Stay safe while you drive — Always be prepared to correct a low

There are important steps you can take to prepare and care for a low if it happens when you are behind the wheel:

  • Keep fast-acting carbohydrate in your car and any vehicle you use. Glucose tablets work well because they will not spoil, don't need refrigeration, and won't be damaged by hot and cold temperatures. Don't assume you'll be able to find a glucose product or other carbohydrate nearby. You may need it long before you find a convenience store, exit, or rest area.
  • Store your glucose in a place that's easy to reach like your glove compartment, never in your trunk. Also, bring your meter, test strips, and other diabetes supplies with you in whatever you carry to work each day or take with you when you travel. Be sure they're in a place that's easy to get to and easy to remember. You may not be thinking clearly if your blood sugar is low.
  • If you feel you're going low, pull over as soon as it is safe to do so. Follow the steps for correcting a low. If you think you're having a low and don't have your meter, correct it as a low. It's safer to have your blood sugar be high for a short time than for it to continue to go low while driving. Do not drive until your blood sugar is above 100mg/dl (5.55 mmol/l) or in your target range, even if it means you'll arrive late.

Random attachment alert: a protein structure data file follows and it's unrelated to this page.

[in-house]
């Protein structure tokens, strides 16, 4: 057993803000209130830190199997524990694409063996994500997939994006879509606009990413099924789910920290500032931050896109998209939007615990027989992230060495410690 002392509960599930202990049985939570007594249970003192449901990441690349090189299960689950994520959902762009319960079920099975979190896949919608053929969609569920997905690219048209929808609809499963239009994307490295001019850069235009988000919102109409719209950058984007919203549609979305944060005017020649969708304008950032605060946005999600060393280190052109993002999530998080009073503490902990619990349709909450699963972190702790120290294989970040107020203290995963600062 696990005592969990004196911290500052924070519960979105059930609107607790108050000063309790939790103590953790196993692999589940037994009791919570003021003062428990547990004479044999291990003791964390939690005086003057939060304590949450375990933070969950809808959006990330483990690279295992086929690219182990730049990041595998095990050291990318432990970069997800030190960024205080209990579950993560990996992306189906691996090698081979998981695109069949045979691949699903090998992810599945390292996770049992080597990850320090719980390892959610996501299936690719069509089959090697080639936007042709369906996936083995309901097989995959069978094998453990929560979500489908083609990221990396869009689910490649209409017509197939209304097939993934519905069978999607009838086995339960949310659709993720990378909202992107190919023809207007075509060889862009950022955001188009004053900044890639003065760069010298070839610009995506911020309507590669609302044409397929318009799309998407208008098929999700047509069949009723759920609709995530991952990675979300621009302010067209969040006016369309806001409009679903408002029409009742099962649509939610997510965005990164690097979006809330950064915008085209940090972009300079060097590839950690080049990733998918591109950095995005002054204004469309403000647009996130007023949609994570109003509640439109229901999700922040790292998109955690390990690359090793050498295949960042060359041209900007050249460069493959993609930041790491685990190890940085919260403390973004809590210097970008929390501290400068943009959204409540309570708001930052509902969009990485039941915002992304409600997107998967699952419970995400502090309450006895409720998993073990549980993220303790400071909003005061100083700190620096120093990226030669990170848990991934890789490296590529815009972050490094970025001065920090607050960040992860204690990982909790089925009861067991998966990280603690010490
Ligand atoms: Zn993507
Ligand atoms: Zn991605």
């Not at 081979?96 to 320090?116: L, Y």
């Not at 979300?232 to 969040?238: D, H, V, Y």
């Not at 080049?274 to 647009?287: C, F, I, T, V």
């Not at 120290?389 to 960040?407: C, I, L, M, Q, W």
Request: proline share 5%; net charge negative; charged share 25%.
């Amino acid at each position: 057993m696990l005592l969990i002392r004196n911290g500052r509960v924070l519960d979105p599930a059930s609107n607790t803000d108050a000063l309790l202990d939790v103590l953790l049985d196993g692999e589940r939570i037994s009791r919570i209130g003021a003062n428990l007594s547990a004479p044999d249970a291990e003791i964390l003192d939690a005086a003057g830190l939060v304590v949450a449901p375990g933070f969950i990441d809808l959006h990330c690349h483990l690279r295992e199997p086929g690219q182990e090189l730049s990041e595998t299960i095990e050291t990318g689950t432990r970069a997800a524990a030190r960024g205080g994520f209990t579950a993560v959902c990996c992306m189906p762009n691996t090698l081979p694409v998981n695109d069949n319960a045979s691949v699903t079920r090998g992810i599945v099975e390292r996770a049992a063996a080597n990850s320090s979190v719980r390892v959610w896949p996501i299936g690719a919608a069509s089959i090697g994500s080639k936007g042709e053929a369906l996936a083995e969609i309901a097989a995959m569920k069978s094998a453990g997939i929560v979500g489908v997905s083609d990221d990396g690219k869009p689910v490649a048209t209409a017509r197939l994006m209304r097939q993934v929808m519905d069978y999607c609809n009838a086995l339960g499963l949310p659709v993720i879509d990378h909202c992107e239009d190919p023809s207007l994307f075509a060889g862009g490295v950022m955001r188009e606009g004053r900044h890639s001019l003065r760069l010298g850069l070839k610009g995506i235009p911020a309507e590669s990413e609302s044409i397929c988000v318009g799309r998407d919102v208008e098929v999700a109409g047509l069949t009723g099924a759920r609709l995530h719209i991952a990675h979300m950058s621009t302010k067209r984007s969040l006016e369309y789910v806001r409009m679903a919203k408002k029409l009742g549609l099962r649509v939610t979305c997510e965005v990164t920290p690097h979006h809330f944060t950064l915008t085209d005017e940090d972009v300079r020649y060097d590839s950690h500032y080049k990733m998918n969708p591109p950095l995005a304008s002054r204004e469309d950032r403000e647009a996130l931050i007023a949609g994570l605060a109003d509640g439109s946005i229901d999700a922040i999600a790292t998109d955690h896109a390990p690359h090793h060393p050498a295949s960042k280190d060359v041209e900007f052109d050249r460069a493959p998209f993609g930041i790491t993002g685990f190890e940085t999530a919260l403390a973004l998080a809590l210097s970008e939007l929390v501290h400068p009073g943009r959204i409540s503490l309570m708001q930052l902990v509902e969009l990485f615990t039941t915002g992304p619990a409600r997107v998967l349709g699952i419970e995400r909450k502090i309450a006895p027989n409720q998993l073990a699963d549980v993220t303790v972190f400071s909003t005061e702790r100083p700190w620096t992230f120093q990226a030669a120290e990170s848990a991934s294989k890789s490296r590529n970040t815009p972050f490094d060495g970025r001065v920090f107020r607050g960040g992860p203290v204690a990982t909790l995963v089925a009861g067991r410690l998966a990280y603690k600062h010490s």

• Resume driving after you've corrected your blood sugar and feel well enough to continue.
  • If you'll be driving more than another hour, have a snack to keep your blood sugar in your normal range. It's best to have a snack or meal that has protein in it.
  • Keep in mind, alcohol lowers blood sugar and impairs your judgment. Never drink and drive.

Whenever driving long distances, check your blood sugar periodically. If you do not feel the symptoms of hypoglycemia (this is called hypoglycemia unawareness), you may need to check more often, or talk with your healthcare professional about how often to check.

 

SOURCES:
AMA Patient Page, Safe Driving For People With Diabetes, August 25, 1999.

PLoS Medicine, Vehicle Crashes in Diabetes Patients, December 2009, Volume 6 Issue 12.

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Last Modified Date: July 09, 2014

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by Nicole Purcell
I have a friend, M, who has diabetes and never, ever tests her bloodsugar before she gets behind the wheel. This has always worried me about her. On Wednesday, she had a bad accident after passing out behind the wheel. She hit another car head on. I thank the universe that no one was killed, but she and the driver of the other vehicle were both badly injured. She's got a long healing road ahead of her, as does the woman she hit. I was talking about the...